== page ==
Sunday, October 07, 2007
The Way the Wind Blows
How could we store surplus wind power? There is a solution right under our feet.
No wind: As I was travelling on the train along the North Wales coast last Friday, I had a fine view out to the North Hoyle Offshore Wind Farm. It's a great sight all these turbines, each rated at 2 megawatts, like rows of white statues far out in Liverpool Bay. But there was a problem: it was a fine sunny day and no wind at all. The sea was like a millpond and the turbines were indeed like statues for they were motionless. Electrical output zero.
Achilles Heel: And that is wind power's big problem. It only works when the wind blows so if we relied upon wind power, on fine calm days, there'd be no power at all. This is unacceptable, of course, in our modern, energy-hungry world. But now, there's a solution and its name is CAES: compressed air energy storage. Put simply, when the wind blows during the night, wind turbines generate power which is not needed since most people are asleep. If you use that power to pump air at high pressure deep into the ground, that high pressure air can be stored and later released when power is needed, driving modified gas turbines and generators.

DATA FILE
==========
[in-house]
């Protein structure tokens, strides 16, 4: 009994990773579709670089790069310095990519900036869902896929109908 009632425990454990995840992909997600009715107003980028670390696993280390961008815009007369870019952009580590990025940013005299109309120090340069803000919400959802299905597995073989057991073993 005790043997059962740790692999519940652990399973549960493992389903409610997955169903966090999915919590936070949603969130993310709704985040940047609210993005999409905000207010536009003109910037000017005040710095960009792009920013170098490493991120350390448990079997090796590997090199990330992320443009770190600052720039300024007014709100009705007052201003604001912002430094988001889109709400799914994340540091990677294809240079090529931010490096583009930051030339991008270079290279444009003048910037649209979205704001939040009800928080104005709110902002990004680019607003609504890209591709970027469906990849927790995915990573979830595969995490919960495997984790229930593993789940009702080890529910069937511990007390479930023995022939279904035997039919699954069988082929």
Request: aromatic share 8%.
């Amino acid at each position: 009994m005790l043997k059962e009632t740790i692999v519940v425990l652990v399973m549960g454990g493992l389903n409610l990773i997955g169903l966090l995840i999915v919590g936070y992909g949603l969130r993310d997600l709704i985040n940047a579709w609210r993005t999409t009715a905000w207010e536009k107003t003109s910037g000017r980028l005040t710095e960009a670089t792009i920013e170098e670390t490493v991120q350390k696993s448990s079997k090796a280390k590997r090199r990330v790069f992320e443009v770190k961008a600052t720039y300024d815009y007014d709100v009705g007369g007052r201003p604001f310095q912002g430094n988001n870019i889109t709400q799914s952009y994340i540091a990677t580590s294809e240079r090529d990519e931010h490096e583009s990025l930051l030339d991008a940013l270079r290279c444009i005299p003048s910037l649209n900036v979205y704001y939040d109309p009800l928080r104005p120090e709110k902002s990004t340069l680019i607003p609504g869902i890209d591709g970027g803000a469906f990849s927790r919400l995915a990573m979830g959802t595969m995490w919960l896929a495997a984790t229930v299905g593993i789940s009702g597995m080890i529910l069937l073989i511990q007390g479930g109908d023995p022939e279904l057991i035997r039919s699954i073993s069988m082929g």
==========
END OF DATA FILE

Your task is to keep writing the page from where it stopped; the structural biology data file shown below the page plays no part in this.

It works too! If you think this is unlikely to work, it already does, and much more is underway. The first CAES plant came on stream in 1978 in Huntorf, Germany and a second much larger one was commissioned in 1991 in Alabama, USA. It stores its compressed air in a mined-out salt dome 80 metres across and 300 metres tall, lying 450 metres below ground, and can use the air to supply a turbine generating 110 megawatts of electrical power continuously for some 26 hours.
Giant battery: So just like hydroelectric pumped storage, wind powered compressed air storage could act like a giant battery, evening out fluctuations in demand by topping up the grid when needed. There are plenty of geologically-suitable locations all over the world so maybe we should push politicians and utilities to get moving on CAES. To find out more, read this New Scientist article and this Treehugger piece.